Riding out the Fear

*Edit: I apologize for the messed up spacing, it all looks good on the back end so I’m guessing its some glitch

New York City just pulled that classic Midwestern move of shifting from winter directly into summer. Today was 82* and humid. Tomorrow we have a high of 89*. I’m sweating just thinking about it.

So why yap on about the forecast? This stuff is crucially important because as soon as things warm up the city transforms in a few ways. People suddenly pour out of their little brick hermit caves and sun themselves on picnic blankets in parks. Merengue music begins blaring out of open car windows. The ice cream trucks emerge out of hibernation and are suddenly on every damn corner.

The warm weather is great. Until it’s not.

Because it gets HOT. And it gets HUMID. and the sidewalks just bake all day in the sun until they cook every random piece and drop of anything that has landed there. Things smell really funky. The worse part? the subterranean subway stops turn into swampy, damp tunnels of nasty.


To limit my exposure to the above mentioned urine swamps, I do my best to avoid the subways during the summer months. Last summer this meant walking everywhere, which also kept with my status as an unemployed person because subway rides are $2.75 each way. Yes, you read that right, $2.75 each way. So if I take the subway up to the grocery store and back again, I’ve just added $5.50 to my grocery bill. Do you see why people pay the extra couple bucks to just get things delivered?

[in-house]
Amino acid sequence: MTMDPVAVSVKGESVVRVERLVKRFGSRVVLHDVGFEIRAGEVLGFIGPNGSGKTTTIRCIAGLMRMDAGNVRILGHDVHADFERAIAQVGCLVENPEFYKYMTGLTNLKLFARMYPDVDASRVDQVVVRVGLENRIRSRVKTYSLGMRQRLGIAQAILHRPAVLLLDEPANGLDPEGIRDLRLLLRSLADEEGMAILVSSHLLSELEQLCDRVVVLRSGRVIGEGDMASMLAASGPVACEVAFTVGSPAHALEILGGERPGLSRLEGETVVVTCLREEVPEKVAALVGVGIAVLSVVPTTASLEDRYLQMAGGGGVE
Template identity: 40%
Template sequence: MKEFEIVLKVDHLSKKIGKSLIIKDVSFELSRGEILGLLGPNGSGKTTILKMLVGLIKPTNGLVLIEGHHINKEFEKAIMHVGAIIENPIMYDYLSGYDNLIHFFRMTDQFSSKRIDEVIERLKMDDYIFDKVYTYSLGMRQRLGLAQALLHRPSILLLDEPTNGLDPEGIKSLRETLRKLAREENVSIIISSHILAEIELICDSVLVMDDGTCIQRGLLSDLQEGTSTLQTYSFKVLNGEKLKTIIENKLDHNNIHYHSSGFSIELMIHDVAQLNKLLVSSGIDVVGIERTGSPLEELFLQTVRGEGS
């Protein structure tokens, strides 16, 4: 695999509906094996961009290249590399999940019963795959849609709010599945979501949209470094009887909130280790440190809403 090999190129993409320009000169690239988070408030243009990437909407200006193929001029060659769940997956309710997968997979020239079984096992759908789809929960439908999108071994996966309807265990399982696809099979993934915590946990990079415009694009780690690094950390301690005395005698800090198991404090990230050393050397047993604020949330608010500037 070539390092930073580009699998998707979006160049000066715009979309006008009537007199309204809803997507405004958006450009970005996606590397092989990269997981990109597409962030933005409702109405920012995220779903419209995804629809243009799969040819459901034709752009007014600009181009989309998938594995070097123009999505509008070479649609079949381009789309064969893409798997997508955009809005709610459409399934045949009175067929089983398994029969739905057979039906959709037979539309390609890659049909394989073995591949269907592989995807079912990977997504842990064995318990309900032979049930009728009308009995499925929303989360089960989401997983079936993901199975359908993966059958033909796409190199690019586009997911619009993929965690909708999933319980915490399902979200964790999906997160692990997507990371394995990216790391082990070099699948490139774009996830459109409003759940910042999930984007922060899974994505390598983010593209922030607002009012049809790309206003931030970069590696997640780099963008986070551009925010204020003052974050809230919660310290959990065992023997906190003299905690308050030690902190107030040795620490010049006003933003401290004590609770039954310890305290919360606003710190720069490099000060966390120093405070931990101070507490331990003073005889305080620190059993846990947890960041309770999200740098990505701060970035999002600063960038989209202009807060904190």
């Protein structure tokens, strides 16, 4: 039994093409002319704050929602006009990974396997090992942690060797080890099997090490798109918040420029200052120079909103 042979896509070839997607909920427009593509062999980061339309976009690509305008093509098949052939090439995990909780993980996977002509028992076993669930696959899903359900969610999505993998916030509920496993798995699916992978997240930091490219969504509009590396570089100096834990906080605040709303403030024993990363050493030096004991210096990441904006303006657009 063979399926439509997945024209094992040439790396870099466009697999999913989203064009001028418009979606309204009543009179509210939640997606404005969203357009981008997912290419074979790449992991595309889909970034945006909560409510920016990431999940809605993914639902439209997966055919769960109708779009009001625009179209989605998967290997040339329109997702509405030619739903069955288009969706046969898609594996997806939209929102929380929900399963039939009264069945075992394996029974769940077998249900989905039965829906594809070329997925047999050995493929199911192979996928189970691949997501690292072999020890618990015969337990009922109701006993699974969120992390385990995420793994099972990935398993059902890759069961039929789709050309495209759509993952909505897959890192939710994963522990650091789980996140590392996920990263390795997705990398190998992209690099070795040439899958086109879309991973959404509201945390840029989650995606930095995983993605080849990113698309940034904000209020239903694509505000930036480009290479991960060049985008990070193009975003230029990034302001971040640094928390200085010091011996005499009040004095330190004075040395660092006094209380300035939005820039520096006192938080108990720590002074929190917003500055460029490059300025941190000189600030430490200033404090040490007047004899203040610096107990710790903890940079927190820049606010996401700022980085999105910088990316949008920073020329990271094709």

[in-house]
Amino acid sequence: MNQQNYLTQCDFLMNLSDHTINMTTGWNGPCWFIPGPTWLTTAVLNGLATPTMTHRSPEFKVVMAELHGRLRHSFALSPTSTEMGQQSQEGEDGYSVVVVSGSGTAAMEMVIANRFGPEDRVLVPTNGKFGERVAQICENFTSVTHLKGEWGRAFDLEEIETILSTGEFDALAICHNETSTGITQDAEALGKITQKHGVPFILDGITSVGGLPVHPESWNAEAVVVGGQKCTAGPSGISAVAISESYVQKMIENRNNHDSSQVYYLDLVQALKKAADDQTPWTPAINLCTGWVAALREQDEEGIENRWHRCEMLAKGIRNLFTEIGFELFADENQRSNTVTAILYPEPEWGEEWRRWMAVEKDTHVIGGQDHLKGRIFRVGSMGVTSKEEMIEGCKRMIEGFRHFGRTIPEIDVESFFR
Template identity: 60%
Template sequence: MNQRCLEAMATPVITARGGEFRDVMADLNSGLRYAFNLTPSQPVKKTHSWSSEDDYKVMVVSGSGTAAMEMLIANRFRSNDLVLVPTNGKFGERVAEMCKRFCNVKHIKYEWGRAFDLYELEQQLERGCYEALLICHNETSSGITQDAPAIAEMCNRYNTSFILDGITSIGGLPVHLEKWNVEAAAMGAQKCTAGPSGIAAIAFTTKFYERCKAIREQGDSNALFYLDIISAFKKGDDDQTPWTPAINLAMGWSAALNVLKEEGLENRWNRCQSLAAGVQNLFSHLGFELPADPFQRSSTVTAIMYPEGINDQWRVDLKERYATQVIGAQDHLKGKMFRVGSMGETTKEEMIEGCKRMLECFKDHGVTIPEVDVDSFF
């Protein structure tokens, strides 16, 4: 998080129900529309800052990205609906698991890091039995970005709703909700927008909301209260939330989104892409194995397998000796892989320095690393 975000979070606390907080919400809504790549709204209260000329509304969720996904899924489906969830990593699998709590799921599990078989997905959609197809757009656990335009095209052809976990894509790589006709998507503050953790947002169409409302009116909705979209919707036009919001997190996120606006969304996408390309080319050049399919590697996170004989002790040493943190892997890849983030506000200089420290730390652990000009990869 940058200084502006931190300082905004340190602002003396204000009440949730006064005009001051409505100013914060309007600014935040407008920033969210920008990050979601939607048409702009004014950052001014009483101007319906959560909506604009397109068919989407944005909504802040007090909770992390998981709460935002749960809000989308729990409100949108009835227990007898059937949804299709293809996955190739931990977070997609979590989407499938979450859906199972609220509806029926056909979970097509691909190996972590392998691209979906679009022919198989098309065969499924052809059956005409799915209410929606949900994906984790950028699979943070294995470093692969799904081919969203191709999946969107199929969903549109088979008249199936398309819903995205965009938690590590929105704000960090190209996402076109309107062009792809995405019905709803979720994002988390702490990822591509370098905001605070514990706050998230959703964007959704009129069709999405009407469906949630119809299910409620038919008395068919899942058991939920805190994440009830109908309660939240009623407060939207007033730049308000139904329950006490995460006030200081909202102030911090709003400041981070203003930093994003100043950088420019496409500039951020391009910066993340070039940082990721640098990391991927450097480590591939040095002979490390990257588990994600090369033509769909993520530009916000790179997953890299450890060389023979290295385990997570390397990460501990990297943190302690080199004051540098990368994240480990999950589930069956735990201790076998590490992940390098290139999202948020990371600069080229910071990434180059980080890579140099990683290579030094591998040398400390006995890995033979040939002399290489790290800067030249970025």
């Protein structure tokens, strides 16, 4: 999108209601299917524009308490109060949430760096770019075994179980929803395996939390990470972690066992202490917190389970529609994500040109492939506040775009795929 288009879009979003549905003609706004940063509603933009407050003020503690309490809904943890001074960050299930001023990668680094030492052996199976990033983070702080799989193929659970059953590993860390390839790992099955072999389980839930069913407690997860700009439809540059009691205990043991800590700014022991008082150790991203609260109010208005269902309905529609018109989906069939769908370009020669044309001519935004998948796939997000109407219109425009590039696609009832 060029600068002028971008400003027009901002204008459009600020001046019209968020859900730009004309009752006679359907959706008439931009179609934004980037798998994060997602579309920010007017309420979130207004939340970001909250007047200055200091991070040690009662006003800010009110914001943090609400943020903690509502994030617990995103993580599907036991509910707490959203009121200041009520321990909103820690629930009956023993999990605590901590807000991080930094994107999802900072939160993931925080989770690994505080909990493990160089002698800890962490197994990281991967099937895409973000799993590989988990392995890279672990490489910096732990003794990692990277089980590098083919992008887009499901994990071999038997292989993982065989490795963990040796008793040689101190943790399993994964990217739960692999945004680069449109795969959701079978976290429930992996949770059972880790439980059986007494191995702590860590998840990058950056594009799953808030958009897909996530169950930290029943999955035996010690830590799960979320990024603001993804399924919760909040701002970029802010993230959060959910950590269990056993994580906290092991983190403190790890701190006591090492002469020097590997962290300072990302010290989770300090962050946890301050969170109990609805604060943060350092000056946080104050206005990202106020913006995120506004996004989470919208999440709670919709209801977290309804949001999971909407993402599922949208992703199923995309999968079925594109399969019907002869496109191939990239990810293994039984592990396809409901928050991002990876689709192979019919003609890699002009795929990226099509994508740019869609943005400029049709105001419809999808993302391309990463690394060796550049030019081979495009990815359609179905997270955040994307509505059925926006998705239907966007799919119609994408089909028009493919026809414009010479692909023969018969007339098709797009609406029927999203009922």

One great alternative to the subway that’s faster (and more fun) than walking? A bike of course!
I’ve been tempted by the CitiBikes around town, which are the same concept as NiceRide in Minnesota and Hubway in Boston. Citibikes are everywhere, more prevalent than in both of the aforementioned cities. That said, they are also the most beat-up and abused bikes I have ever seen, and don’t bother calling their help line, you’ll just get a busy tone. How New York of them.